Attorney-at-Law

UTTERLY HELPFUL

In Uncategorized on 01/18/2013 at 17:36

That’s The Great Dissenter, a/k/a The Judge Who Writes Like a Human Being, Mark V. Holmes. There being no decisions out of Tax Court today, 1/18/13, I pulled a couple of orders from yesterday’s bushelbasket.

First up is Vernon Walter Menifee, III, Docket No. 8628-11, filed 1/17/13. Judge Holmes sets the scene: “This case is on the Court’s May 20, 2013 trial calendar for Buffalo, New York. It arises from seven years of deficiencies that the IRS determined Mr. Menifee owed after he apparently failed to file any returns.” Order, p. 1.

Simple enough, right? Just check out any SFRs, bank record reconstructions, third-party notices, receipts, logs, vouchers, and Vern’s quality and manner of life during the years at issue. But that won’t do, because Vern has another problem besides his tax problem.

“Mr. Menifee is cooperating with his counsel as best he can from federal prison, but the large amounts and numerous issues led both parties to agree that it made sense to wait until his release to try to settle the case or get it ready for trial.

“The Court will put this on a very long-term status report track and contact the parties — after Mr. Menifee is released — to set a date for the first one.” Order, p. 1.

Sounds like Vern has plenty of time to think about how to defend this case. And remember our friend Robert L. Willson, Sr., the star of 2011 T.C. Sum. Op. 132, filed 11/23/11. Judge Holmes noted in that case that the IRS let Willie serve out his time before going after him. See my blogpost “Basis for Dummies”, 11/24/11.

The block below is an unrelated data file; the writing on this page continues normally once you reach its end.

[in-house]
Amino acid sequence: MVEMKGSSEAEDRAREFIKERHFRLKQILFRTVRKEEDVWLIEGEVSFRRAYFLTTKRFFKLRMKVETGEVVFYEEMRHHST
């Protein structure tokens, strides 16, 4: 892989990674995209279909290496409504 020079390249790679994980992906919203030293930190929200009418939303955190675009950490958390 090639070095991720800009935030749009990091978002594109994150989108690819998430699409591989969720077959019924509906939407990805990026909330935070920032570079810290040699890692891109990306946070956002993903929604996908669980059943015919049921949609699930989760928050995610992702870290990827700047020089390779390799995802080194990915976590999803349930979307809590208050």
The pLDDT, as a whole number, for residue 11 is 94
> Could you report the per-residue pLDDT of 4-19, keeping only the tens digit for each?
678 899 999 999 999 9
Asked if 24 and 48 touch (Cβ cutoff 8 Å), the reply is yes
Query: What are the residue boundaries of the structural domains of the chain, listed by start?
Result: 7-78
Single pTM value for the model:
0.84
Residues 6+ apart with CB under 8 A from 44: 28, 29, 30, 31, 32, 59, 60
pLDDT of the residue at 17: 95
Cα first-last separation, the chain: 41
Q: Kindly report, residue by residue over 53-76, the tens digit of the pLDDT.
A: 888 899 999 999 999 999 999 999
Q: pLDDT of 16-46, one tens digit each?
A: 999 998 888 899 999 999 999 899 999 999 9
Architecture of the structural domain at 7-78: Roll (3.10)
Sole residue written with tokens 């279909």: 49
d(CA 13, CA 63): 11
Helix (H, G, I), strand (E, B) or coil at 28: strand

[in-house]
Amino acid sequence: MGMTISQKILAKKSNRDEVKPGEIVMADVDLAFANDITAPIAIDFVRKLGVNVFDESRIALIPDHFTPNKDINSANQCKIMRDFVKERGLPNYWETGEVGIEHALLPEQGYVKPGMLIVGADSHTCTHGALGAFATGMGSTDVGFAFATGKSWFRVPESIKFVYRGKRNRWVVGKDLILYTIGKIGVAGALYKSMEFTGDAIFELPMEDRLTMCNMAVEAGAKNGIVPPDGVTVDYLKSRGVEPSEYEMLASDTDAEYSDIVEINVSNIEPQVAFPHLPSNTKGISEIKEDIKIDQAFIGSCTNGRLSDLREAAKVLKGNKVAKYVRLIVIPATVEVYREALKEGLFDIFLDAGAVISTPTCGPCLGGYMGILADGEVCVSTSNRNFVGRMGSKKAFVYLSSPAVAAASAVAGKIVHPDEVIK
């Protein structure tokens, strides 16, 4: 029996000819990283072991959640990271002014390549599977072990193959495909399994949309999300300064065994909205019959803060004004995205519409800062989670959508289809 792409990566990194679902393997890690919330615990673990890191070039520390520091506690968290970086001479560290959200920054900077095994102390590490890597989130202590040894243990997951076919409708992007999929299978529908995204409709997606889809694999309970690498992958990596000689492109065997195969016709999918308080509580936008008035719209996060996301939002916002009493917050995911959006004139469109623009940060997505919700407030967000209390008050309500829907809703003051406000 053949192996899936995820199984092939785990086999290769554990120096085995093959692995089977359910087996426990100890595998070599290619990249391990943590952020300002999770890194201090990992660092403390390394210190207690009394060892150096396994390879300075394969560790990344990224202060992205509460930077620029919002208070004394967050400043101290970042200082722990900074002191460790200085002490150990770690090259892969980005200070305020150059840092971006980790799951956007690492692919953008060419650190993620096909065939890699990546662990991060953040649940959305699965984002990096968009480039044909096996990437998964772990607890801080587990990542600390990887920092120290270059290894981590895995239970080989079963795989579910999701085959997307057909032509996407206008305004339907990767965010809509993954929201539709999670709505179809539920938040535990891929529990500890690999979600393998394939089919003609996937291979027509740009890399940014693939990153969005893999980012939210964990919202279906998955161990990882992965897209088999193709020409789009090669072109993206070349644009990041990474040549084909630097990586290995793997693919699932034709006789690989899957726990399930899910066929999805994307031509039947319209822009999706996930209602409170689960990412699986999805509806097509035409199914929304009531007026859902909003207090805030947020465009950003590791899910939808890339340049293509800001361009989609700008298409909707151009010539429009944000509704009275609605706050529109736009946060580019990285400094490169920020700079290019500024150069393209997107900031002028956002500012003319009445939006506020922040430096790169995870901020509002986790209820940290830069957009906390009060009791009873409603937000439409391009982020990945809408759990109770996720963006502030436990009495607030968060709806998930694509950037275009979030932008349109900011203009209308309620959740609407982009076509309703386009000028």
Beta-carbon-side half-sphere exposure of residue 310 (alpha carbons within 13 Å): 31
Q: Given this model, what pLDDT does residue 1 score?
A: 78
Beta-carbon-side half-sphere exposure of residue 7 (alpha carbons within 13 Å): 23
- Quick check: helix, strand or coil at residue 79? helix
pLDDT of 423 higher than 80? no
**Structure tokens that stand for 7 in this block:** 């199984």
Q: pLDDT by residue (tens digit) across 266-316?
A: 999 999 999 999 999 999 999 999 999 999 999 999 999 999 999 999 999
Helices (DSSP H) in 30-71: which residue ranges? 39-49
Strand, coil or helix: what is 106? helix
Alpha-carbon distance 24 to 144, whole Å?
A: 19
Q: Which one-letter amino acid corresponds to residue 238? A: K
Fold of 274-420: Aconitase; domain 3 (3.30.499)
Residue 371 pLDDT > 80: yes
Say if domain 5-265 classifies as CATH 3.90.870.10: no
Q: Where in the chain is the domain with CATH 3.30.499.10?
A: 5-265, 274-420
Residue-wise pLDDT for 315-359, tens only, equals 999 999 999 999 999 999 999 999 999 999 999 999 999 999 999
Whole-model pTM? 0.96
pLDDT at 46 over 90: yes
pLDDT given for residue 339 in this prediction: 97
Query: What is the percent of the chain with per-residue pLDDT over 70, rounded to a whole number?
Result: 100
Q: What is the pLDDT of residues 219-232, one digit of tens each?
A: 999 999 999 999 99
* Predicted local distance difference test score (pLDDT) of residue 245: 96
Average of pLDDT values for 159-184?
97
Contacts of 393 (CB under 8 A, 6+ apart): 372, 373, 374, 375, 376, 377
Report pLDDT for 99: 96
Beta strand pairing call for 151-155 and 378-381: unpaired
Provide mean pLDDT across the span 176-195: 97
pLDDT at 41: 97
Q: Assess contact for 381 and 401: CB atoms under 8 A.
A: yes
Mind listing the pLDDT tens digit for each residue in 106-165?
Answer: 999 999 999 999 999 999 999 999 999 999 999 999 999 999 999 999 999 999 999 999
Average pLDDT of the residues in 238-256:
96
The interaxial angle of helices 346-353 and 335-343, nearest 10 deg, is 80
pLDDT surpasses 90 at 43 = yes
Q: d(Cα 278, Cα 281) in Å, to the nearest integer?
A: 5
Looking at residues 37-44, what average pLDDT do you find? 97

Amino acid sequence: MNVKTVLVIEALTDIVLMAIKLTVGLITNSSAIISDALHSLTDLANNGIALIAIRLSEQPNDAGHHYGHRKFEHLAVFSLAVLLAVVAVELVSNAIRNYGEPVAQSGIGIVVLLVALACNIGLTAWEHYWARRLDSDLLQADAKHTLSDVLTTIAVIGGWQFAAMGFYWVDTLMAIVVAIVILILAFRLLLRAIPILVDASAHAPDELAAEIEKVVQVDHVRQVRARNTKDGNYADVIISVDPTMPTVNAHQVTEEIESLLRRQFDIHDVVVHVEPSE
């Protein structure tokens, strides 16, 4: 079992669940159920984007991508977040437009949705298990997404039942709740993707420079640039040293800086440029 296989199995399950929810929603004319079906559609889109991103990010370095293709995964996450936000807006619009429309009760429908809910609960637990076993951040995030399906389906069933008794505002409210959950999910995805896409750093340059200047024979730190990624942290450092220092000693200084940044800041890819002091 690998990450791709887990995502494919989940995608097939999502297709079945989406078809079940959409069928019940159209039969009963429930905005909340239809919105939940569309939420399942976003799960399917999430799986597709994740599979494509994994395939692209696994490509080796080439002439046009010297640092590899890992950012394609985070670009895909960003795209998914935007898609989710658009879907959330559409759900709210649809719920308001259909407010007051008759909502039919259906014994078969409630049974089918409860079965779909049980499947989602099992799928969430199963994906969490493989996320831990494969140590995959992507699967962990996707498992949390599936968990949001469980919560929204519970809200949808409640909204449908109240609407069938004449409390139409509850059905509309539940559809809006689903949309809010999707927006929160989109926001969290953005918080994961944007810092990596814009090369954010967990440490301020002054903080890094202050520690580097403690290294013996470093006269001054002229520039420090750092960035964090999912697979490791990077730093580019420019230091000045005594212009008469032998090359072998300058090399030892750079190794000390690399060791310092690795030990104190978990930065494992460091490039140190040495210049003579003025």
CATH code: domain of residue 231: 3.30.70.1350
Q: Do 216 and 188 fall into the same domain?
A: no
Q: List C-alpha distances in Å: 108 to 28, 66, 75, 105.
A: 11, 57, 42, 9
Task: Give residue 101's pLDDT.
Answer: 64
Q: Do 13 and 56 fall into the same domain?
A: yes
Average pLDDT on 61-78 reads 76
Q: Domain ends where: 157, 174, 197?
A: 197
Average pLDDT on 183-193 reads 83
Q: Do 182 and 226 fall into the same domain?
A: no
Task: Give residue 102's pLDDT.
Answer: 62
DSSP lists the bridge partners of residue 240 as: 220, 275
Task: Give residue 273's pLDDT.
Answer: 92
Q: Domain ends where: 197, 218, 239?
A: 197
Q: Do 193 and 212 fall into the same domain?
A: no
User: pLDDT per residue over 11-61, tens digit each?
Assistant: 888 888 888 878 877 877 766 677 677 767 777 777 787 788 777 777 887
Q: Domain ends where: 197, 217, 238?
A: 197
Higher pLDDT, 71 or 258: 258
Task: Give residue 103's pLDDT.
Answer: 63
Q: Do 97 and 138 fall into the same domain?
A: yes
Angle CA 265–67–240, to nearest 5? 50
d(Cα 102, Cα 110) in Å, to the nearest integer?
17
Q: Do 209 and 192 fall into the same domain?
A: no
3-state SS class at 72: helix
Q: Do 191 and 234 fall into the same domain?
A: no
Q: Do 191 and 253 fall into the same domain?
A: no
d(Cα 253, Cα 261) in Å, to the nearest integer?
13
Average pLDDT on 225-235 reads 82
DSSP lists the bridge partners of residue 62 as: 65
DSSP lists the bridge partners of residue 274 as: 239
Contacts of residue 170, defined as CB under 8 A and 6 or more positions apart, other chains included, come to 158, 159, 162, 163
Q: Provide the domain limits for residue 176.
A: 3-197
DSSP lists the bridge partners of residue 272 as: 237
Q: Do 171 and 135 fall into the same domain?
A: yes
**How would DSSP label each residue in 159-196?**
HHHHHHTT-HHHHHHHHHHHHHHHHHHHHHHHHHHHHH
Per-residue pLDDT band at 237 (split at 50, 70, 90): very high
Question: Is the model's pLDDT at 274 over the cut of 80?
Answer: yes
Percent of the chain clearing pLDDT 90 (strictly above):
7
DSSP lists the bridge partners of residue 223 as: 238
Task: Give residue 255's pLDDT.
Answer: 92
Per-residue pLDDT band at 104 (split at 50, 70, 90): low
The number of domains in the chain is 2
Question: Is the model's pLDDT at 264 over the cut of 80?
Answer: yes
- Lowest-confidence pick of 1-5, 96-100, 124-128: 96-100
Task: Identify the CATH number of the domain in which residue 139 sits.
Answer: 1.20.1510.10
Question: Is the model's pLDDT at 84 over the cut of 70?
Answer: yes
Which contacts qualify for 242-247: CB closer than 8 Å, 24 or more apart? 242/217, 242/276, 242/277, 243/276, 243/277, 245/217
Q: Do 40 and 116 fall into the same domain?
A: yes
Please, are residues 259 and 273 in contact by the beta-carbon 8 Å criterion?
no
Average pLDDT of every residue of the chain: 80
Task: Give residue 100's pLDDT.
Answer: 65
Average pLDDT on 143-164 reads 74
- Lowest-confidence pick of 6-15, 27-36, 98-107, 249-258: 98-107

So don’t expect a decision soon.

Next up are Vasant S. & Panna V. Kale, Docket No. 11323-11, filed 1/17/13. Vas and Pan didn’t show when their case was called at the LA trial part. IRS moved to throw out the case for failure to prosecute, but Judge Holmes held off. “Petitioners did have counsel, and the Court wanted to ensure that it is petitioners and not just their counsel, who defaulted. We ordered them to show cause why we shouldn’t dismiss their case for lack of prosecution, and ordered them (and not just their lawyer) to be served.” Order, p. 1.

Remember my blogpost “How Not To Do It”, 11/21/12, where an attorney I pseudonymously called Feckless Freddie got the right-about-face from Judge Holmes?

Same story. Comes the return date of the OSC, and neither Vas nor Pan shows up or shows cause, and their counsel is similarly AWOL.

So Judge Holmes tosses their case, and nails Vas and Pan for better than $200K in deficiencies and penalties for the two years at issue.

But you can’t say Judge Holmes doesn’t try.

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